The popularity of BMX was so high that nearly 30% of all bikes sold in Britain in 1983 was a BMX.

              Comment


              • #52
                Originally posted by Arran View Post

                Newspapers and magazines, along with postage, appear to have increased in price above the rate of inflation more than anything else (except housing) since the early 1980s.

                New Scientist cost 70p in 1982. WH Smith is now selling it for an eye watering £5.95.
                When my father went to Sainsbury's in the early to mid 1980s and we were at the checkout waiting to pay, they had magazines such as Living and Family Circle at the till which were a lot more expensive, probably twice the price as ordinary magazines - these were in the days when supermarkets didn't really sell magazines.
                I've everything I need to keep me satisfied
                There's nothing you can do to make me change my mind
                I'm having so much fun
                My lucky number's one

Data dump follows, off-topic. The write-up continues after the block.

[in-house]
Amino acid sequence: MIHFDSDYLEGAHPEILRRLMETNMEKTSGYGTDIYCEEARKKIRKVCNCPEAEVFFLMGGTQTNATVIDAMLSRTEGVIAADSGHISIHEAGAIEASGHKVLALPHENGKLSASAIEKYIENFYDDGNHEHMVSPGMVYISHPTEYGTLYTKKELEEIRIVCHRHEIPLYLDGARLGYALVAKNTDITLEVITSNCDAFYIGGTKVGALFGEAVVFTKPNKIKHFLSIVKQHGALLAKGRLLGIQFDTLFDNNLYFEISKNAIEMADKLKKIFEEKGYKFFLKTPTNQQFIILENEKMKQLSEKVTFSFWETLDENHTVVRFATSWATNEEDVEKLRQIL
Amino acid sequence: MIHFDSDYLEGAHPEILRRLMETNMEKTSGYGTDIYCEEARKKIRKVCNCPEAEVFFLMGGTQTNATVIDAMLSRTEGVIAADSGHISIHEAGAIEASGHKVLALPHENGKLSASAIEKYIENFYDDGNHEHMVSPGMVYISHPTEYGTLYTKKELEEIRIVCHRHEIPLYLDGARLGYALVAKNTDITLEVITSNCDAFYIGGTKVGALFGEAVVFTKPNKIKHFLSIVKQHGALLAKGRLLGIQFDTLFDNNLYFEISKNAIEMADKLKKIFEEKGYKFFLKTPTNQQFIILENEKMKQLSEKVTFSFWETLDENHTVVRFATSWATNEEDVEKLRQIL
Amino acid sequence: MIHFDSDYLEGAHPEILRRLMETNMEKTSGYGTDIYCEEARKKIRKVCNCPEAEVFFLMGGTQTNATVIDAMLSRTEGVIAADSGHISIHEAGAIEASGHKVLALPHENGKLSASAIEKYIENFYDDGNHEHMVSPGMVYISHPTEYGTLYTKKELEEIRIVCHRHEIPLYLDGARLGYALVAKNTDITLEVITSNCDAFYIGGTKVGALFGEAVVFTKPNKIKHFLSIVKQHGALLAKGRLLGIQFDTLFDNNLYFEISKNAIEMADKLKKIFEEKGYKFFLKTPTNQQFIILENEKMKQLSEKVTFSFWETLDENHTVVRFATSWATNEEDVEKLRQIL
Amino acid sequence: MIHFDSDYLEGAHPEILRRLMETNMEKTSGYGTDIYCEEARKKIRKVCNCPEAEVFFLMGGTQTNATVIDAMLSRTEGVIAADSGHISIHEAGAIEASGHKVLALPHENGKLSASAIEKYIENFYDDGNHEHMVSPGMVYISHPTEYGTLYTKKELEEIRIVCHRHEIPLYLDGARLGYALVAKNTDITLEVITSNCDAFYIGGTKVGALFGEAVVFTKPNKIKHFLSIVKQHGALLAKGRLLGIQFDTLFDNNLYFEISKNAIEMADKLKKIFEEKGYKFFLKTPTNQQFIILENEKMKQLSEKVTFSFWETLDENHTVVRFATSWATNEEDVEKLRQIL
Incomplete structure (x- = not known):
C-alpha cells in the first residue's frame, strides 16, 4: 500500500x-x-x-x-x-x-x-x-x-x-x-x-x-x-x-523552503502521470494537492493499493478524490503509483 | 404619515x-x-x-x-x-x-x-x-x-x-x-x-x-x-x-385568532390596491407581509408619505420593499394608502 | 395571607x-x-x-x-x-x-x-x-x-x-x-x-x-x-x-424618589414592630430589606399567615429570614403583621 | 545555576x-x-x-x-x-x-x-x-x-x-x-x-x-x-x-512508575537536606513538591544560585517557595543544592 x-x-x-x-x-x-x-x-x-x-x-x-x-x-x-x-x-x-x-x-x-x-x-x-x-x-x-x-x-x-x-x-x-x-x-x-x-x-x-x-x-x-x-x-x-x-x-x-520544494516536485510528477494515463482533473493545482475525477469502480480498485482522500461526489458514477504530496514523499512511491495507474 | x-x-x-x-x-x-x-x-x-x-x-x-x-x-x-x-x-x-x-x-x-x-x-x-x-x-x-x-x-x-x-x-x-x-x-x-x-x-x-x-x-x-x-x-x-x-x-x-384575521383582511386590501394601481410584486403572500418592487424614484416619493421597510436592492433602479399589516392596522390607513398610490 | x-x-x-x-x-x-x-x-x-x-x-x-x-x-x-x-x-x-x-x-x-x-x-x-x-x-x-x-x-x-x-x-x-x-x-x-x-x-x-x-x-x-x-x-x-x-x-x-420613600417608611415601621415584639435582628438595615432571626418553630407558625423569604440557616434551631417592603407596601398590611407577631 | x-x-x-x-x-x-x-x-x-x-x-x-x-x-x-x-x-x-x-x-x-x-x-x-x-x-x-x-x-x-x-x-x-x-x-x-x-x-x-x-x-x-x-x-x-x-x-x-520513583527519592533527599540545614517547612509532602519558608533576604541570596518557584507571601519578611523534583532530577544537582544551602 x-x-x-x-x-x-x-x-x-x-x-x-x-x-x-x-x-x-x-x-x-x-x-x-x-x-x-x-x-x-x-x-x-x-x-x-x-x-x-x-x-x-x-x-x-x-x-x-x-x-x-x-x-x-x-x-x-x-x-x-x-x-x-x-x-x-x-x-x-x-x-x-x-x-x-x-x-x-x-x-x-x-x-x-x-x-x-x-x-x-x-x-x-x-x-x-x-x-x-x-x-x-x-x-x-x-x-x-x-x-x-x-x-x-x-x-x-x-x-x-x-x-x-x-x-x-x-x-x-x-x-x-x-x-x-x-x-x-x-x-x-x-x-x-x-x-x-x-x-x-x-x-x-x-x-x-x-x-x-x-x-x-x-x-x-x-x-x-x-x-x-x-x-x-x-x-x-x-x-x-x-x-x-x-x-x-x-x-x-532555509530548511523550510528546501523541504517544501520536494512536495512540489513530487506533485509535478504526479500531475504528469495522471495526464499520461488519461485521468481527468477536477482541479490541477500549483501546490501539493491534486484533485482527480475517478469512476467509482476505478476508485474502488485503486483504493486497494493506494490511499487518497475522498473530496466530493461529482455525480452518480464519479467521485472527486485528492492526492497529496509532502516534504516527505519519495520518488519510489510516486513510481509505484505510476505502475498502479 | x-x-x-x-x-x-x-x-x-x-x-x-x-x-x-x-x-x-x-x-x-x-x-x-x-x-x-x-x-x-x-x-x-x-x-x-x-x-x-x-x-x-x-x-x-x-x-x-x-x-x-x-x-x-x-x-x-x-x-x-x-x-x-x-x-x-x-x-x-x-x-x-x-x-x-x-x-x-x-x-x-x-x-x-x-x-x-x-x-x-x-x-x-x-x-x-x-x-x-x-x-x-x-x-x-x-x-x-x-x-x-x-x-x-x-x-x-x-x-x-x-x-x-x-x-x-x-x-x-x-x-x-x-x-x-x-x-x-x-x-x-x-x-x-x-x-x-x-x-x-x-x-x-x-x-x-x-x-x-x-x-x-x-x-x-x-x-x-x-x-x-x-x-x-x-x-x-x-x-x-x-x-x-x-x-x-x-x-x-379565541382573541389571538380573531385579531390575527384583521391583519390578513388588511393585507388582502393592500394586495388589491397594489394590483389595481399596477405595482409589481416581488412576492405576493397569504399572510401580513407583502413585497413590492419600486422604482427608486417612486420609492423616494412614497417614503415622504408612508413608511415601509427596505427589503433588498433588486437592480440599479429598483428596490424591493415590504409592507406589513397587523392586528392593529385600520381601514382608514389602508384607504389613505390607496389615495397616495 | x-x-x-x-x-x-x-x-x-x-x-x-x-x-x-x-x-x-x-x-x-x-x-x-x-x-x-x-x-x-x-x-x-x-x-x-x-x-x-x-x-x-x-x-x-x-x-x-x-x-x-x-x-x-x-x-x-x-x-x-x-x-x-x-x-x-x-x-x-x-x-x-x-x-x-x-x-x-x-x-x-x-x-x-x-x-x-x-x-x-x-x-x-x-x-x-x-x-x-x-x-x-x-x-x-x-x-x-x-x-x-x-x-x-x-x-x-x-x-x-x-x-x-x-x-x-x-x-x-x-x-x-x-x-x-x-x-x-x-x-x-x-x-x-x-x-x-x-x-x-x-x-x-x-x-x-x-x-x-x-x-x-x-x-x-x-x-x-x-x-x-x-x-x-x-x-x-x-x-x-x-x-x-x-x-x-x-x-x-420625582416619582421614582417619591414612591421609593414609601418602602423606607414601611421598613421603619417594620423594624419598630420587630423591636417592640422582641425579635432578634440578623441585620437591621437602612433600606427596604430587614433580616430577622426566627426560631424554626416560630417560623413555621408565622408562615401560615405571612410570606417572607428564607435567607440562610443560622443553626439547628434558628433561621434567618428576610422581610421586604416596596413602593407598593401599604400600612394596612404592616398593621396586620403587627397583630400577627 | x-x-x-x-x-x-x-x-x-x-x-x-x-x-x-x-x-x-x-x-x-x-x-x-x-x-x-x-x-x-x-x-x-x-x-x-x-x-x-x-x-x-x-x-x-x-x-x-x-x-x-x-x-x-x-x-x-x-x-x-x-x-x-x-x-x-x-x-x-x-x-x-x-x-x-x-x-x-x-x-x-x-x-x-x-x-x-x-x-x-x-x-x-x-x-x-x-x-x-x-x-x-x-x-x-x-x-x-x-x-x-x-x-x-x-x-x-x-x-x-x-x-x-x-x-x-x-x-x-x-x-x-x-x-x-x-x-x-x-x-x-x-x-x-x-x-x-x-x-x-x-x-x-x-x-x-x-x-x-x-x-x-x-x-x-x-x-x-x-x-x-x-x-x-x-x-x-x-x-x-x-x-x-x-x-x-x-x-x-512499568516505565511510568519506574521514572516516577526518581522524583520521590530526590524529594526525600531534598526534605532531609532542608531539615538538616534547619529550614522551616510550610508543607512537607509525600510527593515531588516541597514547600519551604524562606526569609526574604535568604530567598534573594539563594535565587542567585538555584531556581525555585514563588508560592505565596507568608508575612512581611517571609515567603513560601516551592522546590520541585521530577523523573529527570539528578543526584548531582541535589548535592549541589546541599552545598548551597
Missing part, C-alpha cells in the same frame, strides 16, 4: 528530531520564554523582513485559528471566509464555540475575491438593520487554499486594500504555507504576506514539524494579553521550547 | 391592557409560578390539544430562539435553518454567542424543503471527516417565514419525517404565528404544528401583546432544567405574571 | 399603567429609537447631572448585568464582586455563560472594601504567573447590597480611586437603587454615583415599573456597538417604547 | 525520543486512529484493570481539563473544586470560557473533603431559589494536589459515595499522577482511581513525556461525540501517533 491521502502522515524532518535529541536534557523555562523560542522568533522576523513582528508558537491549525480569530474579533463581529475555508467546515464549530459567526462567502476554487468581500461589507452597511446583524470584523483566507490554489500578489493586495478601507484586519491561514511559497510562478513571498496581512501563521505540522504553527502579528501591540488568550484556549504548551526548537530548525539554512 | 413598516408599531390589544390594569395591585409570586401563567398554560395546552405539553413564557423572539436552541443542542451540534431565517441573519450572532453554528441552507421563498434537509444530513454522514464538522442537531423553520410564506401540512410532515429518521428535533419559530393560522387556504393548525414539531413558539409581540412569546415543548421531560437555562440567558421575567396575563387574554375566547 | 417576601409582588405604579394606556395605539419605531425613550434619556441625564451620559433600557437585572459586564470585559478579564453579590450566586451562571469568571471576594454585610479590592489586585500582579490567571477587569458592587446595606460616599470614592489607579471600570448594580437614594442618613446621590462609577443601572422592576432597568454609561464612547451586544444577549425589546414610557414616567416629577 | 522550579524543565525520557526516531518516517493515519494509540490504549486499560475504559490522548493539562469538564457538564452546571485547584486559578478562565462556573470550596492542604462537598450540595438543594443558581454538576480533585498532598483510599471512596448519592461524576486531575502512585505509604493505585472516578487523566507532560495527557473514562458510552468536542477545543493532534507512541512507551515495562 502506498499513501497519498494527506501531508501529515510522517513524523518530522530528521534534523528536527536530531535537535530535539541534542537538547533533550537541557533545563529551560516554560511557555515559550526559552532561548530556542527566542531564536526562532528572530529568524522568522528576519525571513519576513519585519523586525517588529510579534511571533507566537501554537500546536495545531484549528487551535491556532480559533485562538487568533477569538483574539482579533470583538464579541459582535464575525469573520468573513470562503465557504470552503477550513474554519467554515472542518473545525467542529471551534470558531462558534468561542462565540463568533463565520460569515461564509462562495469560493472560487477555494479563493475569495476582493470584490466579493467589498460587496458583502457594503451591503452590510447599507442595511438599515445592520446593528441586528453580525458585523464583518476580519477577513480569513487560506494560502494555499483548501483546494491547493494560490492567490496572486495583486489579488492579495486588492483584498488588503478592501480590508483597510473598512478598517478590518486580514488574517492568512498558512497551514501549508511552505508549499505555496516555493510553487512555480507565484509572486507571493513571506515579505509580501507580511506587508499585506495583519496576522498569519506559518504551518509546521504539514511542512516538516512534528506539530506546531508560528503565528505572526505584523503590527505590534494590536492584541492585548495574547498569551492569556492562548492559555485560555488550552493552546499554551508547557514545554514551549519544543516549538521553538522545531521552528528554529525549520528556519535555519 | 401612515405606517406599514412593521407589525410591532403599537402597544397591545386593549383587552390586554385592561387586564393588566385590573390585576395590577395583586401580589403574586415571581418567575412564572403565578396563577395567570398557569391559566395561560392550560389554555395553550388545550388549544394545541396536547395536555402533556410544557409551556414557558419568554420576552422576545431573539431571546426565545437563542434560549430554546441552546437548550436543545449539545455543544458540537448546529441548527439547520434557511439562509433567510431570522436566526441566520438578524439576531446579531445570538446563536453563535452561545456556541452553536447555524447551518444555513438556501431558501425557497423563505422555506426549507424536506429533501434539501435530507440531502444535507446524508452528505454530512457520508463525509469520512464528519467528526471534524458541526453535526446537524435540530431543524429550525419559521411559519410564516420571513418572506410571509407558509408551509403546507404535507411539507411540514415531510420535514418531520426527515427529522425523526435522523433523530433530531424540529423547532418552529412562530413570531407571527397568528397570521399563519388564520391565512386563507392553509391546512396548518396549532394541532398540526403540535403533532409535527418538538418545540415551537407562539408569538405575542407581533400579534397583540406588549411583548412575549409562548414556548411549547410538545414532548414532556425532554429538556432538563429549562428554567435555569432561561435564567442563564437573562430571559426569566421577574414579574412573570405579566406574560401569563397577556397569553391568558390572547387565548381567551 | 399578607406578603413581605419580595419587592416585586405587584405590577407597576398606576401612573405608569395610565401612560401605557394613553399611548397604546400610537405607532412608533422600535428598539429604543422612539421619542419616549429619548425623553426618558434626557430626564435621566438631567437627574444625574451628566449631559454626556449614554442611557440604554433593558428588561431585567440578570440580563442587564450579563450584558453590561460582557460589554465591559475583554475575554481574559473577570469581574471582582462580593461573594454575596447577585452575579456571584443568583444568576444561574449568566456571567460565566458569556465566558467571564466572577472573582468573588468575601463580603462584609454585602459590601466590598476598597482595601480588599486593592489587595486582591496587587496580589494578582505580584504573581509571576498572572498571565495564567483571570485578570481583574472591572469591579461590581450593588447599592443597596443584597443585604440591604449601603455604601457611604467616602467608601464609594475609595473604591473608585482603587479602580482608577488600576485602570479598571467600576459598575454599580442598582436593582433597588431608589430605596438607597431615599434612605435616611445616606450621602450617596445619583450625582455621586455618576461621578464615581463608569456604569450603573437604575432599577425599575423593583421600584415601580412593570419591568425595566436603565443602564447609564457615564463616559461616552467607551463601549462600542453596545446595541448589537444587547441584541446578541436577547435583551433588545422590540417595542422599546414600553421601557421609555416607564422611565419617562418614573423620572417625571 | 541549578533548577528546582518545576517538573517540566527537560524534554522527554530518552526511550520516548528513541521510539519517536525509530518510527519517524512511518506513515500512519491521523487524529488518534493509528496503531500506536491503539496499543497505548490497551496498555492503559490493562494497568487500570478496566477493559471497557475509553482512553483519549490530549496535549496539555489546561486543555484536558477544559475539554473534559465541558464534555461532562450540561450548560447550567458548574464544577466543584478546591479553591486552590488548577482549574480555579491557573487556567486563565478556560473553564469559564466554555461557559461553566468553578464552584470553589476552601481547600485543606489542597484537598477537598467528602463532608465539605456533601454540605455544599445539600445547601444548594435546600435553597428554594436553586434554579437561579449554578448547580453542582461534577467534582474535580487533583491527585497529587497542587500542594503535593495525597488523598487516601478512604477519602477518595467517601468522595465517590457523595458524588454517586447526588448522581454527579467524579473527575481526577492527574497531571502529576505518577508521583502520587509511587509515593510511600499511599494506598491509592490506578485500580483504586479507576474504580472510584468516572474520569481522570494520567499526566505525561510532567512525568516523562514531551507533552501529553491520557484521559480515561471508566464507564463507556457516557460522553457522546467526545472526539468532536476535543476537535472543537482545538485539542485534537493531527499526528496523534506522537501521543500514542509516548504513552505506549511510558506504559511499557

Ah! Oh! Ah! Oh!

                Comment


                • #53
                  Originally posted by Arran View Post

                  The most famous networked programme from Border in the 1980s was BMX Beat. I have wondered how many kids at the time from outside of the Border ITV region actually knew that Border was an ITV company as opposed to an independent TV production company.
                  I would have thought that Mr and Mrs was the most famous Border programme to be networked - all Border networked programmes had either Derek Batey, Stu Francis, or the Krankies in them!

                  BMX was such a huge thing in the 1980s, although I think that the BMX craze actually kicked off from around 1983 onwards - mostly due to the Australian film from that year, BMX Bandits which was noticeable for an early appearance from Nicole Kidman in it. And BMX Beat was known for its theme tune as well - the ripoff of the 1973 cover version of the Shadows' Apache. And the ident at the end which had "=D- BORDER TELEVISION - OUTSIDE BROADCAST" written on it.

                  I've everything I need to keep me satisfied
                  There's nothing you can do to make me change my mind
                  I'm having so much fun
                  My lucky number's one
                  Ah! Oh! Ah! Oh!

                  Comment